VHP: Yes, it made me feel bad. I probably would otherwise have been between fourth and sixth place. I think that the fracture I had maybe cost me 40 seconds, but not the one or two minutes I needed to be on the podium. But these guys were going very well.
For me, top ten in the world's was not bad. For me, it was my first good world's, especially when I was coming back from the injury I had.
CN: You have an addition to the family now, a new son…
VHP: Yes, his name is Matteo. He has the same name similar to that of Matthew Rendell, the English writer [who wrote Peña’s biography, A Significant Other]. It was nice during the winter, relaxing with my son. That is another big motivation for me…I don’t know why, he can’t see me doing races, but it gives me strength to train and to try to do good things in the last years of my career. I know I am in the last few years so I will do my best.
CN: You say he motivates you – is that down to the thoughts of how much his education and upbringing could cost?
VHP: [Laughs] Yes, that's it!
CN: Do you have an idea of what races you will do after the Giro?
VHP: Well, after the Giro, I would normally be down to do the Tour. It will depend on my health, how I am feeling after this race. But I should be doing it. Floyd is going very well this year, but people are forgetting about Santi Botero. He has been working hard and is also coming into form.
I will race here, then probably do the Tour de France. After the Tour, I think I will just do do the Tour of Poland to increase my condition for the worlds'. Then I will probably do the Tour of Lombardy.
CN: Do you know anything about the time trial course for the world's?
VHP: I saw it on the internet, it looked quite hard. We will see.
CN: The Phonak riders knew their racing programme before the start of the season. Do you think it is an advantage to know that in advance?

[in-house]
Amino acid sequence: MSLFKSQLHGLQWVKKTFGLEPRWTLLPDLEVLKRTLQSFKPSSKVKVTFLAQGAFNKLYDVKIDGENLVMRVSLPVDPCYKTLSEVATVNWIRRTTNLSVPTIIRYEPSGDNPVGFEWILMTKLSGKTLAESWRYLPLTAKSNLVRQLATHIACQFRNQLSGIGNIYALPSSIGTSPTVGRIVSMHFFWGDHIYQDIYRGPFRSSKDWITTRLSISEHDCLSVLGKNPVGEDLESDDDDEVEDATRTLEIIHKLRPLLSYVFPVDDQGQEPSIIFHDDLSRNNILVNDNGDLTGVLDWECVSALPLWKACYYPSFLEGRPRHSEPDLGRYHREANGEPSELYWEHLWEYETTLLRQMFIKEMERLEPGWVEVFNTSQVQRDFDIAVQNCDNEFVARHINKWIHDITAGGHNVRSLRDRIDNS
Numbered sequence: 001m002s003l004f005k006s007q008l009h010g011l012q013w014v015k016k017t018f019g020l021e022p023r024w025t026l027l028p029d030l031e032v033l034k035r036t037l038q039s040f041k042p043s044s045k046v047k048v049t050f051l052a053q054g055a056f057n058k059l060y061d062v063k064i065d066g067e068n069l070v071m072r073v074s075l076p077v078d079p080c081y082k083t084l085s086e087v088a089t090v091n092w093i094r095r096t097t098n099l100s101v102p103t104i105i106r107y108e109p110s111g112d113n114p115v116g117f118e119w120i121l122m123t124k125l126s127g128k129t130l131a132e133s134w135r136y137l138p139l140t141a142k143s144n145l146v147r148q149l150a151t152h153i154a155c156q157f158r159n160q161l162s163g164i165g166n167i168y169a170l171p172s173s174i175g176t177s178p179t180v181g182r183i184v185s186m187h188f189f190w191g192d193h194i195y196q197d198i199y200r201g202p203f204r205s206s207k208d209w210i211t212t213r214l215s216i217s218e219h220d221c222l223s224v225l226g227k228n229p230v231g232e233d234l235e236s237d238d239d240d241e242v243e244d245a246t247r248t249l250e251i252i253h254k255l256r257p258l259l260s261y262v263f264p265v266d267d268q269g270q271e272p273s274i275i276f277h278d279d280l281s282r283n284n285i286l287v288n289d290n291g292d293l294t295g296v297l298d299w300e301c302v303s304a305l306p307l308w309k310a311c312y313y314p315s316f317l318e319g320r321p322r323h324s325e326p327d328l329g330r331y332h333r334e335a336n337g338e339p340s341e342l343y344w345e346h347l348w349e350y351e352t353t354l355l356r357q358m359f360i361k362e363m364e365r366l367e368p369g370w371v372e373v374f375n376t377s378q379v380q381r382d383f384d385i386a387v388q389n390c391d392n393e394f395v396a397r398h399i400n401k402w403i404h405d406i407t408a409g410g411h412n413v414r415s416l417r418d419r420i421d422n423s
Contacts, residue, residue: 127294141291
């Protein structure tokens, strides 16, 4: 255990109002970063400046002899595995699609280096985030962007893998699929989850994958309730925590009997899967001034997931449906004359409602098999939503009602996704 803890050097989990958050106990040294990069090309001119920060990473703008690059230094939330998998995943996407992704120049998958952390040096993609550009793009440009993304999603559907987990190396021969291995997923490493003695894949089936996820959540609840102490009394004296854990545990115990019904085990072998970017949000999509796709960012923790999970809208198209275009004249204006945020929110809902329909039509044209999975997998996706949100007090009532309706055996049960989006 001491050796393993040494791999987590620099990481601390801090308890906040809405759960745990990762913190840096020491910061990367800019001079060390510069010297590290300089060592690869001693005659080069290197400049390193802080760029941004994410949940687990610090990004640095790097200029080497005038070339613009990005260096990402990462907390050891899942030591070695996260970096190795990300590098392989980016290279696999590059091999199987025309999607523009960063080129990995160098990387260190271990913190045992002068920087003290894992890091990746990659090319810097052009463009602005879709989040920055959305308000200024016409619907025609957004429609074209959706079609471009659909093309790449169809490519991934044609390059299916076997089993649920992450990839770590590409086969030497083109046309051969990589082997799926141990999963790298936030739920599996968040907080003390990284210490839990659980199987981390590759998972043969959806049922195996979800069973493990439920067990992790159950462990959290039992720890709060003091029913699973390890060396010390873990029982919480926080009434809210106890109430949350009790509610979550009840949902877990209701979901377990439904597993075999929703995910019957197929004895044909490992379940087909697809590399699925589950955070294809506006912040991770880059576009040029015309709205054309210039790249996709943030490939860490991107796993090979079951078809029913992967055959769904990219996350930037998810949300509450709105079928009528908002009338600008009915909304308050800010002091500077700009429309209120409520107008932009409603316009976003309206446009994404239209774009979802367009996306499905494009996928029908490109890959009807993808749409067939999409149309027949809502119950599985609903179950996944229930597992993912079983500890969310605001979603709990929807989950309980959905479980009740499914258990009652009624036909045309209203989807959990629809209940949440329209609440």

VHP: Yes, this is really important with this team. They are really organised; all the directeurs are working together with the riders, giving them time to work out things. Every rider had their programme at the start of the season and in about 60 or 70 percent of the cases, the riders are going to do what they want. It's not easy to please every one, as everybody wants to do the Tour de France and not everybody can go. But more or less, everybody has their races.
CN: There was a training camp at the end of last season to organise some things. Is that when the programme was finalised?
VHP: Yes, it was in Malaga. We had meetings where they asked riders what they wanted to change, what they liked and what they didn’t like. They had time to discuss all that.
CN: Is it only this team who does it this way?
VHP: I don’t know. I'm not sure what it is like in the other teams. Probably for the big guys, they can decide, but the new guys or the workers have to do what the directeurs want them to do. But in this team, everyone can decide. Everyone can say they want to do this, this, this and this. I think this is one of the really different things in this team.
Sometimes when people ask me who is the leader in the team, immediately I can think of Floyd but if you look at the other guys on this team, everybody is like a leader. Everyone has a nice road bike, everyone has a nice time trial bike, everybody has meetings with the managers and the directeurs. Everybody can feel like he is a leader. There are no differences. Okay, the differences are in the race, but not for training or for meetings or things like that.
Sometimes teams make you feel bad, but in this team everyone is treated equally.
CN: Some directeurs on other teams are said to have a very dictatorial style, saying ‘you must do this, you must do that.’ Is it different here, is it more relaxed?
VHP: Yes. I don’t know why, but here it is okay. The directeur has to be the boss, but here it is not like this. Everybody is relaxed, everybody does their job and everyone is happy. Nobody feels bad. Everybody feels good, the directeur asks them to do something and everybody does it. Nobody complains, and that is nice. This is one of the things that is good about this team.
CN: What are your targets for this year?
VHP: The Giro. I want to see what I can do here. It will be my first time [riding the Giro] since 2000 - I was 15th then. We can see if I can do better or if that was my limit. In years to come I will be able to say that I was 15th in the Giro, or I was fifth, or whatever.
I chose the Giro early on, I said to the directors that I wanted that and then I could go to the Tour to do whatever they want; to pull on the flat or ride in the mountains. We will have Santi [Botero] there and Floyd [Landis], we know that those two can be top ten or top five in the GC. They need help, they need a really good team and I want to be one of those guys that will help them.